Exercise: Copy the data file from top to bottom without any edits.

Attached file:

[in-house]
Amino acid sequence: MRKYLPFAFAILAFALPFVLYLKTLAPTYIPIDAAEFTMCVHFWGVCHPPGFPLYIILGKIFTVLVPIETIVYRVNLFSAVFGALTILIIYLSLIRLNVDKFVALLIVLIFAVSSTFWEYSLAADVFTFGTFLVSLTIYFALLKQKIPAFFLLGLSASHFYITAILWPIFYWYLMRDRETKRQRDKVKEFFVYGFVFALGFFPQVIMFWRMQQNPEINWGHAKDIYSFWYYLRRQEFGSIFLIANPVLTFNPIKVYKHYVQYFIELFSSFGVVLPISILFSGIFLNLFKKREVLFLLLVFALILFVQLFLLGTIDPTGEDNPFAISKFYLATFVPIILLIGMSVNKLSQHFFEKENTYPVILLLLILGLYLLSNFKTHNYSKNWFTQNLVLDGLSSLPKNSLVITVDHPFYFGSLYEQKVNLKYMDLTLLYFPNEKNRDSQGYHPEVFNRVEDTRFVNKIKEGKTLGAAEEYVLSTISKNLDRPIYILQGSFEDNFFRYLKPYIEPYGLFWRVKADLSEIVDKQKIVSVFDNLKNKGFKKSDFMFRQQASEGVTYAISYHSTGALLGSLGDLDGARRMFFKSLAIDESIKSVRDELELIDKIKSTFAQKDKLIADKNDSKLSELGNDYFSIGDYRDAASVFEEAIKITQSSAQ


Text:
[in-house]
Amino acid sequence: MRKYLPFAFAILAFALPFVLYLKTLAPTYIPIDAAEFTMCVHFWGVCHPPGFPLYIILGKIFTVLVPIETIVYRVNLFSAVFGALTILIIYLSLIRLNVDKFVALLIVLIFAVSSTFWEYSLAADVFTFGTFLVSLTIYFALLKQKIPAFFLLGLSASHFYITAILWPIFYWYLMRDRETKRQRDKVKEFFVYGFVFALGFFPQVIMFWRMQQNPEINWGHAKDIYSFWYYLRRQEFGSIFLIANPVLTFNPIKVYKHYVQYFIELFSSFGVVLPISILFSGIFLNLFKKREVLFLLLVFALILFVQLFLLGTIDPTGEDNPFAISKFYLATFVPIILLIGMSVNKLSQHFFEKENTYPVILLLLILGLYLLSNFKTHNYSKNWFTQNLVLDGLSSLPKNSLVITVDHPFYFGSLYEQKVNLKYMDLTLLYFPNEKNRDSQGYHPEVFNRVEDTRFVNKIKEGKTLGAAEEYVLSTISKNLDRPIYILQGSFEDNFFRYLKPYIEPYGLFWRVKADLSEIVDKQKIVSVFDNLKNKGFKKSDFMFRQQASEGVTYAISYHSTGALLGSLGDLDGARRMFFKSLAIDESIKSVRDELELIDKIKSTFAQKDKLIADKNDSKLSELGNDYFSIGDYRDAASVFEEAIKITQSSAQ